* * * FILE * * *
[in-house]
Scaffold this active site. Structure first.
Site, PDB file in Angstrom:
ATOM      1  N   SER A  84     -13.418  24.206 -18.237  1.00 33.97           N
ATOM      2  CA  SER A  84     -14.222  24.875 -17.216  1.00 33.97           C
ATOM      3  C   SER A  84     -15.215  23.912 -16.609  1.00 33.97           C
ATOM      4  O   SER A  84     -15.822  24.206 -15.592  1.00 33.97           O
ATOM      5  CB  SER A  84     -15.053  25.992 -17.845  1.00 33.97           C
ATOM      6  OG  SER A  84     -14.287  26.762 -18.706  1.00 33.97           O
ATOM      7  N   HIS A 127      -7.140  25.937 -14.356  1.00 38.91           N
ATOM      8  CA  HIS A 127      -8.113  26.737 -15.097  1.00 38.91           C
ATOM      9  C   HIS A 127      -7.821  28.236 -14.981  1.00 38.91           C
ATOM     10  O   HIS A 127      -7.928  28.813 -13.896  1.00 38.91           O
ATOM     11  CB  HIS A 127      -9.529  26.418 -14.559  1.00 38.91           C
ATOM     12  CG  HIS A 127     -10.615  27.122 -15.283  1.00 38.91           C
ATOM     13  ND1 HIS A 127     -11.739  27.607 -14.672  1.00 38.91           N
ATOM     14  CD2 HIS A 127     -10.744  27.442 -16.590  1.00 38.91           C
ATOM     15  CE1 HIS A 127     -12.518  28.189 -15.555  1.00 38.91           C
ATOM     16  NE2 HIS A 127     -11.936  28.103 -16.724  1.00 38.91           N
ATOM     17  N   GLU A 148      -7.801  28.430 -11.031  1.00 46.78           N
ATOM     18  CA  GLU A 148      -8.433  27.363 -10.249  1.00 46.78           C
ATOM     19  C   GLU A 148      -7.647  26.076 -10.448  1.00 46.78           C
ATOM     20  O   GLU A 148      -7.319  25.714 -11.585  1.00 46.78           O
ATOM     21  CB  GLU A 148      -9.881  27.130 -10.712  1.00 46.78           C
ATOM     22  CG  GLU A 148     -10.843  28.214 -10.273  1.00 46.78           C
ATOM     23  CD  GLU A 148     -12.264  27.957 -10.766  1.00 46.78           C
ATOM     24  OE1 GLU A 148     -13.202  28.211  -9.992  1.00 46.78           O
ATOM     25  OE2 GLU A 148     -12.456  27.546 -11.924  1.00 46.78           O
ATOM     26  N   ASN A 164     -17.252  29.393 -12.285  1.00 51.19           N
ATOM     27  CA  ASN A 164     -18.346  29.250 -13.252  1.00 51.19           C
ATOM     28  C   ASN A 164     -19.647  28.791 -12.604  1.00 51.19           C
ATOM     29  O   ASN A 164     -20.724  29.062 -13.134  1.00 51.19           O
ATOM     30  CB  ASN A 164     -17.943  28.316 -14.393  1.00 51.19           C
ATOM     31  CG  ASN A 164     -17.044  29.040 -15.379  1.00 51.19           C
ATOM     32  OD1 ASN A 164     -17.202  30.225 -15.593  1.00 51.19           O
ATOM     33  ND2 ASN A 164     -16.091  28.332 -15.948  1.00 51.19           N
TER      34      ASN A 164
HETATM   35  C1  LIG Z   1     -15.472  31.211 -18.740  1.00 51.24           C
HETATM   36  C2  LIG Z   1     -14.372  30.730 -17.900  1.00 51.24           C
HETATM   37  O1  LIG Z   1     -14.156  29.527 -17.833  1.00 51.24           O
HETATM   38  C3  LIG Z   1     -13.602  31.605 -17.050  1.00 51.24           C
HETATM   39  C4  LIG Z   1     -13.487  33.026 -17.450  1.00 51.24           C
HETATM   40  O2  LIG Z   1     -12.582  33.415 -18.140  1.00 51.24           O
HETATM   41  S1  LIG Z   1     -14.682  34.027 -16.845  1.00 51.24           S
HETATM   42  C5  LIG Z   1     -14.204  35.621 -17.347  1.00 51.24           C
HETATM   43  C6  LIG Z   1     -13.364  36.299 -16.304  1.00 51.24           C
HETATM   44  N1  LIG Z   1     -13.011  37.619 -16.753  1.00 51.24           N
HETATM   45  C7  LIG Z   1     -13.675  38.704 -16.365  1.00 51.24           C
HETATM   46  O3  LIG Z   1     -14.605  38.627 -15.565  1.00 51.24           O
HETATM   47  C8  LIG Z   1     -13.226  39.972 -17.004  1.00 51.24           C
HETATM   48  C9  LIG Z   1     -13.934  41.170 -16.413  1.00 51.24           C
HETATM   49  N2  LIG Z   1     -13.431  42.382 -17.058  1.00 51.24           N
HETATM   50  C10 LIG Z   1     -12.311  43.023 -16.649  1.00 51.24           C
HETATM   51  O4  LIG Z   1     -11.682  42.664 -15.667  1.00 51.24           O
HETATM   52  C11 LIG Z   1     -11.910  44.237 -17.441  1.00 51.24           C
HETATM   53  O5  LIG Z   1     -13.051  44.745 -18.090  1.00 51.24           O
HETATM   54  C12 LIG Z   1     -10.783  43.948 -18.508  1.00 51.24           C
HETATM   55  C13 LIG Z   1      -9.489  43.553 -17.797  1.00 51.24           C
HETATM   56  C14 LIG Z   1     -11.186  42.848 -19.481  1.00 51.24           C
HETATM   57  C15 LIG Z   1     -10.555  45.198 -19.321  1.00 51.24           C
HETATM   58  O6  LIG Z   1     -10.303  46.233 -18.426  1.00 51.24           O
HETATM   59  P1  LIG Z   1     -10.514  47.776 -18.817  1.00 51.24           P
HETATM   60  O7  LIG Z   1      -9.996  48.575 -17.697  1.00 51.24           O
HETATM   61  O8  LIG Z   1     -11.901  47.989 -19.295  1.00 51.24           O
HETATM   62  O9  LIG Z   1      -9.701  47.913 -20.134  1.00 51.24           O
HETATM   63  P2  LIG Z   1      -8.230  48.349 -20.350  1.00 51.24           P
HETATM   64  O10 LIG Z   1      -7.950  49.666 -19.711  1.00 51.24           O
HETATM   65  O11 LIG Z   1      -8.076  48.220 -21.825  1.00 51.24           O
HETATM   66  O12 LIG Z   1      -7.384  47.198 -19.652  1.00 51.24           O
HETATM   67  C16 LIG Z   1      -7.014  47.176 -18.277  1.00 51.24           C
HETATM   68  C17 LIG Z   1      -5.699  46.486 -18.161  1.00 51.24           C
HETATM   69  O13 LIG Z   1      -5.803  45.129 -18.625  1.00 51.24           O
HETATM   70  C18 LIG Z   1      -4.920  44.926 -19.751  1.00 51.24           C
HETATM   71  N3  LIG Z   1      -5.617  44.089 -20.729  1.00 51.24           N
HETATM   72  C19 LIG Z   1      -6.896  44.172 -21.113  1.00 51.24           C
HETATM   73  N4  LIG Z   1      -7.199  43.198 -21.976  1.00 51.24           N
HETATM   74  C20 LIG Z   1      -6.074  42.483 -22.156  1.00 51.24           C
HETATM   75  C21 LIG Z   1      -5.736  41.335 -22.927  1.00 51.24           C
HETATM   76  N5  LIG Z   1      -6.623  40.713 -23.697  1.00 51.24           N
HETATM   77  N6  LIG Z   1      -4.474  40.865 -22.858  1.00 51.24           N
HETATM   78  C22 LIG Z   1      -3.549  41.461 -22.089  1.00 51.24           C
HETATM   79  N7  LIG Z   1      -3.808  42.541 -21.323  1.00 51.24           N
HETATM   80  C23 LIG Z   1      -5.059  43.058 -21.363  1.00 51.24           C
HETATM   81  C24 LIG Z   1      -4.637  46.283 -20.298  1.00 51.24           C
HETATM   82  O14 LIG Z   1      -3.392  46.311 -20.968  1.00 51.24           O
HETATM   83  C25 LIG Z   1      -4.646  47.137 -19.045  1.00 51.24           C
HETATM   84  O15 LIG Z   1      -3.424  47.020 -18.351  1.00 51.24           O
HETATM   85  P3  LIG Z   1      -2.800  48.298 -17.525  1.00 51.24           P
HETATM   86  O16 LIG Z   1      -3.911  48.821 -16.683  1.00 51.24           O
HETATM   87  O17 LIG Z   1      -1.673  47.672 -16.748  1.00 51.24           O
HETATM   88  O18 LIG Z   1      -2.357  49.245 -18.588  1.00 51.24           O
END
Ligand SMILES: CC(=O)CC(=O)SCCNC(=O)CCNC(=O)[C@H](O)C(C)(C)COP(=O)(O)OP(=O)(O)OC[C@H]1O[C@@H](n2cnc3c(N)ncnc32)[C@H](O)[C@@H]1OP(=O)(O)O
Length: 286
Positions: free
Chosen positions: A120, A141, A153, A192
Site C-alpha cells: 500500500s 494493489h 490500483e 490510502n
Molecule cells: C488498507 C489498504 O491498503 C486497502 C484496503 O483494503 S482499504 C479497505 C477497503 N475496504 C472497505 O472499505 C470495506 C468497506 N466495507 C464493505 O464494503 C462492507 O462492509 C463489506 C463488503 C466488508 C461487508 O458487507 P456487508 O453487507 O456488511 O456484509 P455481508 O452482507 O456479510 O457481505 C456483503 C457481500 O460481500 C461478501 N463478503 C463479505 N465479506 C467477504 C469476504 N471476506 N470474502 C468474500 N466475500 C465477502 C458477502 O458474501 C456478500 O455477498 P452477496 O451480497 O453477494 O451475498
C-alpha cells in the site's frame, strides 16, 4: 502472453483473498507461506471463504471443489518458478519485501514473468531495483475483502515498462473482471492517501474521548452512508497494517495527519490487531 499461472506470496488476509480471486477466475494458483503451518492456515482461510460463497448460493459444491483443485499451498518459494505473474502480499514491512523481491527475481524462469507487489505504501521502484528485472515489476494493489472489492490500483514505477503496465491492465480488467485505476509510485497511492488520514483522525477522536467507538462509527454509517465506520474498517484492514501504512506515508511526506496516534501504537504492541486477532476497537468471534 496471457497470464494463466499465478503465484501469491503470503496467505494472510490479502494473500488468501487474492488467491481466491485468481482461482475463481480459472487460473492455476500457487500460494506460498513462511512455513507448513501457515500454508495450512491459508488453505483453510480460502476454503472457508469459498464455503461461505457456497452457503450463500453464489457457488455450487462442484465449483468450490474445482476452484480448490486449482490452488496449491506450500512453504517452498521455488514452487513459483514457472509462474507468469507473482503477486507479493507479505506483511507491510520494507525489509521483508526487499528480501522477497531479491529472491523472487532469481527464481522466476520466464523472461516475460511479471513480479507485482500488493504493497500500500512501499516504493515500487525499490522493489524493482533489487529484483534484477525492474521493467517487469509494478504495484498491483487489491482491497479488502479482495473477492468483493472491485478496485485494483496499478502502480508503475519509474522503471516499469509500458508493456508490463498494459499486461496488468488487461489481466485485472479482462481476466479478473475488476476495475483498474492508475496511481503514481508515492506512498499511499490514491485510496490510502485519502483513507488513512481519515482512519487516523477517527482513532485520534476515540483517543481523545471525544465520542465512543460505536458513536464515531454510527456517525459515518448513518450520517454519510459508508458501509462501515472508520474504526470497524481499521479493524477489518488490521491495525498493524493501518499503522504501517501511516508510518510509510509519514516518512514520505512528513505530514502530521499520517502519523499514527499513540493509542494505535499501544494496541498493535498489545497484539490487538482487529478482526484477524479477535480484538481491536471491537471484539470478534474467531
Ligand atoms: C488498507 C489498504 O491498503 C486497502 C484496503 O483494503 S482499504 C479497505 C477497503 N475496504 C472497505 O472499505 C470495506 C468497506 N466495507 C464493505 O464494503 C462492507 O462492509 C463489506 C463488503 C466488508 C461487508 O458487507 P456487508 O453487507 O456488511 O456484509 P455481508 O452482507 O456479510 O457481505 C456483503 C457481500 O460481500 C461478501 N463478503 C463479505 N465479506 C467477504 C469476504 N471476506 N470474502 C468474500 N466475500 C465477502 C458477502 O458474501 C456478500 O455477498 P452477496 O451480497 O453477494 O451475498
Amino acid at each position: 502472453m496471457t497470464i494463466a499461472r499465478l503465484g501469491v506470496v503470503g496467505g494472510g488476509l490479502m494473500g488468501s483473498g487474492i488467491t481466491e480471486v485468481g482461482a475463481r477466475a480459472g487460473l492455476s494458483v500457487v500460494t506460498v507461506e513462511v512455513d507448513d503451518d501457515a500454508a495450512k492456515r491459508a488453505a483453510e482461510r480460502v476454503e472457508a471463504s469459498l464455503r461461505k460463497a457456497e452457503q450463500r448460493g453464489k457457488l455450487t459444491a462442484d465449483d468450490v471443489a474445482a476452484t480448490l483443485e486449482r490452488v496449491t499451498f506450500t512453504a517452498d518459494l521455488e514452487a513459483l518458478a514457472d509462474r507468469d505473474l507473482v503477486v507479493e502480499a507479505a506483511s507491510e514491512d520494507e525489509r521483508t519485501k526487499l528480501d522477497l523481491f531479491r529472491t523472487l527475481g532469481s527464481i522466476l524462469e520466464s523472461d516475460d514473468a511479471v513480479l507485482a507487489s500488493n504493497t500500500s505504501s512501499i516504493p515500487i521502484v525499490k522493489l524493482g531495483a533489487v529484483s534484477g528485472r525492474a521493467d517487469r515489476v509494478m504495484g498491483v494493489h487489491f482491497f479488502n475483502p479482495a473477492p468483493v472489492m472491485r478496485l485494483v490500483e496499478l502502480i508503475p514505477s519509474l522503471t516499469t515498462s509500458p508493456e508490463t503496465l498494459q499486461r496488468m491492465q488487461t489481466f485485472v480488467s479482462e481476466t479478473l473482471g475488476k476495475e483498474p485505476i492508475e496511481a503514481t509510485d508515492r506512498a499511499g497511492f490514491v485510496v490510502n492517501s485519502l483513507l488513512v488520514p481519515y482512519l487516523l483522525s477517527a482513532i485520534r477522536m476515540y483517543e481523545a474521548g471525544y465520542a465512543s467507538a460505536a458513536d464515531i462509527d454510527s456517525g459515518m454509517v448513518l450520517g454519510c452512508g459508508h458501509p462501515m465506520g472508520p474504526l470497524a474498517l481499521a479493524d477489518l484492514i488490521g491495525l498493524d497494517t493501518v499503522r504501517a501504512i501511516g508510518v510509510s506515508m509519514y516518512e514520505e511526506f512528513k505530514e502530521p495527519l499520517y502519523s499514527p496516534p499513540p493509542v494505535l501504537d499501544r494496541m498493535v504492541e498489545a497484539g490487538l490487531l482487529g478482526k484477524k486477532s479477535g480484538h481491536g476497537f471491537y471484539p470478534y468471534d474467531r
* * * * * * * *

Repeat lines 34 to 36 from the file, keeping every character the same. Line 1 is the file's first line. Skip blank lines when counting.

ATOM     31  CG  ASN A 164     -17.044  29.040 -15.379  1.00 51.19           C
ATOM     32  OD1 ASN A 164     -17.202  30.225 -15.593  1.00 51.19           O
ATOM     33  ND2 ASN A 164     -16.091  28.332 -15.948  1.00 51.19           N